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Thursday, December 5, 2019
Connecting Our Communities

A world of music now comes with a street full of food

Our World Festival of Music partners with Big Brothers Big Sisters’ King StrEATery for family fun on Saturday

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Like the fortuitous Reese’s combo of chocolate and peanut butter, the sounds of the Our World Festival of Music will be joined by the food trucks of the King StrEATery for a Saturday of family-friendly events at the civic square outside of Kitchener city hall.

The partnership between Our World, now in its 13th year, and the Big Brothers Big Sisters of Waterloo Region will see the festival’s usual evening assortment of live music start earlier in the afternoon in conjunction with the agency’s food trucks and kids’ activities.

“As a charitable organization, I’m always looking for opportunities to partner with other non-profit community groups. This is a really good fit,” says artistic director Lawrence McNaught of the joint venture.

“It’s a full day of live music. On our end, we’ll be running all kinds of children’s events,” adds Mallory Boyer of Big Brothers Big Sisters of Waterloo Region.

Headlined by Juno-Award winner QuiQue Escamilla, the free slate of live music gets underway at 3:30, a half-day earlier than the usual kickoff time for Our World. The focus on local and national acts remains, however, McNaught notes.

Things get rolling at 3:30 with Tea For Two, a duo that features smooth vocals and engaging acoustic versions of popular songs, to be followed by veteran local musician Glen Soulis & Friends at 4:30.

Next up is Jessie T., who McNaught describes as one of the region’s finest emerging singer-songwriters, showcasing captivating vocals and rhythmic guitar in some great original songs.

Local alt-rock favourites Safe As Houses are part of the lineup of free music Saturday as the Our World Festival of Music and the King StrEATery gathering of food trucks combine forces for a day of family-friendly entertainment in downtown Kitchener. The event also serves as a fundraiser for Big Brothers Big Sisters of Waterloo Region. [submitted]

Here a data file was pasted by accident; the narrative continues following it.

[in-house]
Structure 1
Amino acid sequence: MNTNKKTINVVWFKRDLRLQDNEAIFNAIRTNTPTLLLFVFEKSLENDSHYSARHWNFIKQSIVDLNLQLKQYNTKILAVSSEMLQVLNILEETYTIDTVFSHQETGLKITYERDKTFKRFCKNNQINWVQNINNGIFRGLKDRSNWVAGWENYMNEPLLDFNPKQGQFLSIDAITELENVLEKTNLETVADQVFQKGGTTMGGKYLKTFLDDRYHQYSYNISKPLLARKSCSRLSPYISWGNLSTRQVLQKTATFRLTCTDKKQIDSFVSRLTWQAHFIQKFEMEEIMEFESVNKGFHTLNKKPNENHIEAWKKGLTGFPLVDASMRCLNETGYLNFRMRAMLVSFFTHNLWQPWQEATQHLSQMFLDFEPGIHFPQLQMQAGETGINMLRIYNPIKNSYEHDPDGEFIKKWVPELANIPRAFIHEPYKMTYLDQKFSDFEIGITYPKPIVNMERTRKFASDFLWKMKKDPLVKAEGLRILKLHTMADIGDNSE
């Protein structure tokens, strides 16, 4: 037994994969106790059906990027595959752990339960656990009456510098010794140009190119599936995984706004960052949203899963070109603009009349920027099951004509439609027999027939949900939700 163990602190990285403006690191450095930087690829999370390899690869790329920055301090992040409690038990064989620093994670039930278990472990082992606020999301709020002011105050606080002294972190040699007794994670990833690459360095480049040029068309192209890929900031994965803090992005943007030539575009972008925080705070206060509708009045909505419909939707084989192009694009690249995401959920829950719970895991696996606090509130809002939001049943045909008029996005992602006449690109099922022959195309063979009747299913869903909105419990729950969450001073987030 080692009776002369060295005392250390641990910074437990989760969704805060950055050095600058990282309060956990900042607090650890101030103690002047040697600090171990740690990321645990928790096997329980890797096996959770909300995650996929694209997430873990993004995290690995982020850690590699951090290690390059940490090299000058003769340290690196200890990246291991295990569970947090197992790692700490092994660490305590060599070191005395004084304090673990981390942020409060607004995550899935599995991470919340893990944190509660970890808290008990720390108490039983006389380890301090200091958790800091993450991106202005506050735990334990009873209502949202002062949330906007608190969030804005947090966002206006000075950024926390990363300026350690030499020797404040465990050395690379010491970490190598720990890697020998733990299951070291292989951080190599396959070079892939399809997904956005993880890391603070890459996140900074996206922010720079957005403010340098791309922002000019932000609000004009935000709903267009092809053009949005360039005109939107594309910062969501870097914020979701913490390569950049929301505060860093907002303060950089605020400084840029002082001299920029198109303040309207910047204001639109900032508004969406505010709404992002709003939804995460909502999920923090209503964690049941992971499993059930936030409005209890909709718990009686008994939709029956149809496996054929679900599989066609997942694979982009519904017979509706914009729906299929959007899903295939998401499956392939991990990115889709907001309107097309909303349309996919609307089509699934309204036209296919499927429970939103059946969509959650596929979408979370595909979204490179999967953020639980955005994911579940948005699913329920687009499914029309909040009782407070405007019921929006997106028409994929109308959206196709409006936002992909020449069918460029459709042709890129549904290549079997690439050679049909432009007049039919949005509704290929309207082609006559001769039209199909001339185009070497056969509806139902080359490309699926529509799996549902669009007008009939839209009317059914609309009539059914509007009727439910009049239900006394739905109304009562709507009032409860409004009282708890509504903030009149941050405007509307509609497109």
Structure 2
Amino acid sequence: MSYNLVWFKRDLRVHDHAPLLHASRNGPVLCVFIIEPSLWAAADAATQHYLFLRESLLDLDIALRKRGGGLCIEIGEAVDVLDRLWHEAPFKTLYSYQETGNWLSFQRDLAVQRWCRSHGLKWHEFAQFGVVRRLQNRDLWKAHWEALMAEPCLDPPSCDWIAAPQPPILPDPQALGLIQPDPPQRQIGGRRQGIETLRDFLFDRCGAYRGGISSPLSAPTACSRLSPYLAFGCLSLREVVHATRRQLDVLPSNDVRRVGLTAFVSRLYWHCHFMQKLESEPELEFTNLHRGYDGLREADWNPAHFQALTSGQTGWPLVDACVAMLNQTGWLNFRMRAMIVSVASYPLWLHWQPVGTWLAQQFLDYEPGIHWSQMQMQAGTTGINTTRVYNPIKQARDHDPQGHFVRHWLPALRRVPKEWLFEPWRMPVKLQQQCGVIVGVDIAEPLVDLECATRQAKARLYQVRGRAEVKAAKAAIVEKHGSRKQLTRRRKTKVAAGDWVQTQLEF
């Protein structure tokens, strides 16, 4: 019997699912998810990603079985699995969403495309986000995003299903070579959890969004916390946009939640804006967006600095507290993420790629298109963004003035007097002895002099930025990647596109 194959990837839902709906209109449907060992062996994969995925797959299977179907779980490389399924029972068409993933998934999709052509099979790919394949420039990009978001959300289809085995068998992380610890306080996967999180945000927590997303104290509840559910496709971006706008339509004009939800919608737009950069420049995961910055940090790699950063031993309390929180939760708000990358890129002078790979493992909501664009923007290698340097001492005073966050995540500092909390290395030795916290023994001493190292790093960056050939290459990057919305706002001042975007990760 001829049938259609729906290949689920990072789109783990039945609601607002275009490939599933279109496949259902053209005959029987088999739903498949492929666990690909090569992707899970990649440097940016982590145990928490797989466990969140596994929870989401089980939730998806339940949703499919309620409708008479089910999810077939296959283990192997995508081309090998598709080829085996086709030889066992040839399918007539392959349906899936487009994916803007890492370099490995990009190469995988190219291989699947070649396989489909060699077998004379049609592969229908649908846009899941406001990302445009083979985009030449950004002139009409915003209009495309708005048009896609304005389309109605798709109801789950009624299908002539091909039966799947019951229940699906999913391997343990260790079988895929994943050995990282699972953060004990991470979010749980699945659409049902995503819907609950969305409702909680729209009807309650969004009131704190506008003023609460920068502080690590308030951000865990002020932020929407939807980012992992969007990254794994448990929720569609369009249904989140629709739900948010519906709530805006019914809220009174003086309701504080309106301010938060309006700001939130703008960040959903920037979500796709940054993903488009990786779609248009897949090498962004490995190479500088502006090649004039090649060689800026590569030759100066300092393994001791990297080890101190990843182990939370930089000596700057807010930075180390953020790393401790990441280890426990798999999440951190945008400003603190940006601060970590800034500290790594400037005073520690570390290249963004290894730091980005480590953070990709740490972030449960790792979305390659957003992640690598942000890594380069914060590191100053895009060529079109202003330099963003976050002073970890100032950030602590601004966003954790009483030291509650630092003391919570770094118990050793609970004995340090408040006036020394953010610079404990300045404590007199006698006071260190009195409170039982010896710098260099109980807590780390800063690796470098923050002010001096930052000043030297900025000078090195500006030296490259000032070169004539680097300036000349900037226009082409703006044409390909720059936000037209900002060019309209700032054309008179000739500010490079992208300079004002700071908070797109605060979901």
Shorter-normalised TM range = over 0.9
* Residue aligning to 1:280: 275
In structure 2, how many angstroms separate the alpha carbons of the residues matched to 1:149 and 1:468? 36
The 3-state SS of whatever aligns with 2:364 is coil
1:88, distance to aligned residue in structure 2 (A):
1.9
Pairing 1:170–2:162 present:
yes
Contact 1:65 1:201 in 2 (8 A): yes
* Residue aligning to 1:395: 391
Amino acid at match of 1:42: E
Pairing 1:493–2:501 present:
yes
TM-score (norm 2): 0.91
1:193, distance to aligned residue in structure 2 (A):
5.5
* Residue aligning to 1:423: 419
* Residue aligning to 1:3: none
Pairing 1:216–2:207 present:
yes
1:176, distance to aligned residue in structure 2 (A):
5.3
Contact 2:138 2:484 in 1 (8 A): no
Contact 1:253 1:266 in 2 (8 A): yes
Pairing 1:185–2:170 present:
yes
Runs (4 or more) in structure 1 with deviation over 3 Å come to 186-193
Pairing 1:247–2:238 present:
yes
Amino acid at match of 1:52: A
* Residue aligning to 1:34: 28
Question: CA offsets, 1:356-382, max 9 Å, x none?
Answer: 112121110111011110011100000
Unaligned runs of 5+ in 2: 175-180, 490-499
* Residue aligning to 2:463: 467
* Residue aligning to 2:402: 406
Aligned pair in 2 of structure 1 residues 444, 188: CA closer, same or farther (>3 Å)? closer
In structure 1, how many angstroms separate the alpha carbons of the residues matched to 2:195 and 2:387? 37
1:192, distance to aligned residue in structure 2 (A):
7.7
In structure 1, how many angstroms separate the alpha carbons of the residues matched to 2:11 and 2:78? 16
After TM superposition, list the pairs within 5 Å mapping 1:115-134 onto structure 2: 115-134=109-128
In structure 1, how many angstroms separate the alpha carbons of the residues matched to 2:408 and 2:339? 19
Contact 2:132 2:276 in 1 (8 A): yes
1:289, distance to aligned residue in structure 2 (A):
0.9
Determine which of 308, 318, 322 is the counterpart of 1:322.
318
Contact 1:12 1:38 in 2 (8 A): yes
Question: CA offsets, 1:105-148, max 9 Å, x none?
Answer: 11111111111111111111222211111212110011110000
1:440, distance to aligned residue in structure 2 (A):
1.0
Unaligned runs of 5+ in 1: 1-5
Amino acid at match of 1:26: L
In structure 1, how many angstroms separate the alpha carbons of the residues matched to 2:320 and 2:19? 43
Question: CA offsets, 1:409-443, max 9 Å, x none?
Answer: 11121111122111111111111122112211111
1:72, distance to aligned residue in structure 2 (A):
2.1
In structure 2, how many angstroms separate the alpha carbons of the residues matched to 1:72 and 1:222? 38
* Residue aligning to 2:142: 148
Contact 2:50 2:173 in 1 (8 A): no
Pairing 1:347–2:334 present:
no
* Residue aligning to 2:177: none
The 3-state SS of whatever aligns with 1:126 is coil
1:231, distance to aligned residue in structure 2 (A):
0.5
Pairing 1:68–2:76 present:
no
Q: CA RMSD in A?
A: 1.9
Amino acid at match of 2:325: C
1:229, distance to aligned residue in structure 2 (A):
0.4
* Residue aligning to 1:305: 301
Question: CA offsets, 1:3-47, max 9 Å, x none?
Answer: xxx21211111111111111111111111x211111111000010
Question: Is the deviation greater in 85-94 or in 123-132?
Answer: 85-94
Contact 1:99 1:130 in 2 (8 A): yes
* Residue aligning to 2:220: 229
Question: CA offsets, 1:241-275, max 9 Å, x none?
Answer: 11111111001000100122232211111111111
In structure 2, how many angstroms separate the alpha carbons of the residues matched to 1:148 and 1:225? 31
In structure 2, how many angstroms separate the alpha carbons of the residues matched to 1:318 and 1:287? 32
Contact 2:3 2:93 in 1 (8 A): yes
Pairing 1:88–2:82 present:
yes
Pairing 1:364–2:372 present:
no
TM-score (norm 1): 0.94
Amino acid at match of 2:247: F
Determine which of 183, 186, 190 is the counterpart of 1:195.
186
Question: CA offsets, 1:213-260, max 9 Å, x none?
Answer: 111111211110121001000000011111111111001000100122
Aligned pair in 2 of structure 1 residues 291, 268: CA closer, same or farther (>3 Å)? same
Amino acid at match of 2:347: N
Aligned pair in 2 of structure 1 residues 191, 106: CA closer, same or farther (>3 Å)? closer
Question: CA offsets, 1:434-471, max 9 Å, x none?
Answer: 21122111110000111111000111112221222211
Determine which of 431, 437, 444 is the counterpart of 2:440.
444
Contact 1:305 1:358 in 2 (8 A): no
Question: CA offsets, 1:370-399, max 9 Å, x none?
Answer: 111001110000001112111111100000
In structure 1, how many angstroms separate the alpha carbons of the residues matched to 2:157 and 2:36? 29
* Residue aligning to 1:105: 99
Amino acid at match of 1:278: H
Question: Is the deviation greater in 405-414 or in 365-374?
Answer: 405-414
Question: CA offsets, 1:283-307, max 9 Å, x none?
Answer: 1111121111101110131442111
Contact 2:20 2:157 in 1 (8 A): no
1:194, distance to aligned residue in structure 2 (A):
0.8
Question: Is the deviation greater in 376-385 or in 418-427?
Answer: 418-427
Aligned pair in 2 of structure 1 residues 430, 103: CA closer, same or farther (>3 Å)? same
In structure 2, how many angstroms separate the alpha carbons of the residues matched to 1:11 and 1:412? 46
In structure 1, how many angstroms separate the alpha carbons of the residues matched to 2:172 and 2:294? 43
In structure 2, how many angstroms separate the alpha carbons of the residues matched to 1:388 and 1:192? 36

At 6:30, it’s alt-rock favourites Safe As Houses, known for their beautiful songs, poetic lyrics, and lush instrumentation – intricate, catchy pop music reminiscent of Mumford and Sons. Their mature songwriting is complemented by haunting five-part harmonies. At 7:30, the Barn Katz take to the stage, offering up “real deal bluegrass” in presenting original Kentucky sounds crafted right here in Ontario.

The Barn Katz [submitted]
“They’re a legit Kentucky bluegrass band. They went over really well last year,” notes McNaught. “And, funnily enough, one of the group’s contacted by the King StrEATery folks was also here last year, Safe As Houses, who were definitely fan favourites.”

On McNaught’s radar for a few years now, a local favourite, Juneyt, will take to the Our World stage at 8:45 p.m.

Since his arrival from Turkey in 1999, Juneyt Yetkiner has become popular for his music, and also his support of many community-based organizations such Big Brothers Big Sisters of Waterloo Region. Known for his passionate playing, Juneyt is a 2017 Toronto Independent Music Awards winner.

A native of the southern state of Chiapas, Mexico, QuiQue Escamilla is also making his first appearance at the festival. Now Toronto-based, Escamilla is a multi-instrumental singer-songwriter described as a “modern-day troubadour.”

“I’ve been talking with QuiQue for a couple of years now. He’s been interested in playing Our World, but the schedules just didn’t work … until now,” notes McNaught. “He’s a Juno-award winner with a great little band.

“It’s a good, fun line-up.”

In the countdown to Saturday, both McNaught and Boyer are keeping a close eye on the weather forecast, which looked good as of midweek. Summery weather is just what the doctor ordered for an outdoor event.

The two also see a good fit for an ongoing partnership.

For Big Brothers Big Sisters of Waterloo Region, it’s a chance to expand the King StrEATery event, part of its efforts to do more with the community since moving to a downtown Kitchener location in 2016.

“Since being here, we’ve had an opportunity to work with the downtown businesses and the community,” says Boyer. “Everybody’s been so welcoming – there’s a real sense of community.”

For the King StrEATery portion, the organization is expecting 14 food trucks offering a variety of fare, from the traditional hotdogs and ice cream to pizza, jerk chicken and vegan food.

“We really have a whole array of foods.”

The joint Our World Festival of Music and King StrEATery activities run from 3:30 to 11 p.m. on Saturday (June 16) out front of Kitchener city hall, where King Street will be closed off to traffic.

 

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